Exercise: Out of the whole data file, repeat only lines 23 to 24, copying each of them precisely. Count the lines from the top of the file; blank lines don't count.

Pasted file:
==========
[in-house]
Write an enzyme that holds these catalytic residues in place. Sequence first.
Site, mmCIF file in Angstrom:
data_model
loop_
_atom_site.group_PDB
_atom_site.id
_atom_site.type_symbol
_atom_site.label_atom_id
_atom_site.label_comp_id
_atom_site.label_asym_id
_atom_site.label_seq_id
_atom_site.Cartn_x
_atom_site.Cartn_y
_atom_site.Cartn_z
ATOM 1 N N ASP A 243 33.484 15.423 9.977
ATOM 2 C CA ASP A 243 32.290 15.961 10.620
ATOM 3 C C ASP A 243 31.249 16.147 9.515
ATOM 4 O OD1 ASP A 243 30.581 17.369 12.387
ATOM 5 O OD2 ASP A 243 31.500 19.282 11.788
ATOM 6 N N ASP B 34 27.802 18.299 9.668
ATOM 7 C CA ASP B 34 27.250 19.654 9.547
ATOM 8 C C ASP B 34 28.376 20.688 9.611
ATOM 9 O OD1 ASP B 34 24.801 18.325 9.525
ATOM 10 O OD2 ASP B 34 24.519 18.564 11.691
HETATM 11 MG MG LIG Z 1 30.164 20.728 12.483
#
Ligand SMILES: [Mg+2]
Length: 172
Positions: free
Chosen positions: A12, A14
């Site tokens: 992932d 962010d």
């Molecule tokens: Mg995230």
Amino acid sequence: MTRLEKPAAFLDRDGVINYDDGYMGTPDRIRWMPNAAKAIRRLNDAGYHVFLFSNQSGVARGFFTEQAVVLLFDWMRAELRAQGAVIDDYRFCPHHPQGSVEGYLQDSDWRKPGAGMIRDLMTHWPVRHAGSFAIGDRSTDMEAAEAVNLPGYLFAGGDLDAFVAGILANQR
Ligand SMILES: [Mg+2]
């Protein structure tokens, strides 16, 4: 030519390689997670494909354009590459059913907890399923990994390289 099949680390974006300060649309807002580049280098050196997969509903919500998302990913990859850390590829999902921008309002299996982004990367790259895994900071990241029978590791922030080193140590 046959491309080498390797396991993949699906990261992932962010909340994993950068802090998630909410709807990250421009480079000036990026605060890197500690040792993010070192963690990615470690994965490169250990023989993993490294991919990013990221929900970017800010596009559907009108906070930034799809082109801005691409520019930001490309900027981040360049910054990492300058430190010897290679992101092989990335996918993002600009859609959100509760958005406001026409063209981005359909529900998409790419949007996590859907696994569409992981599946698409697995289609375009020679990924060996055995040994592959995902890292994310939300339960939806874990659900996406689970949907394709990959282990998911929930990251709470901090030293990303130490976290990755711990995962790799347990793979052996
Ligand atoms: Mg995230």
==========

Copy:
ATOM 8 C C ASP B 34 28.376 20.688 9.611
ATOM 9 O OD1 ASP B 34 24.801 18.325 9.525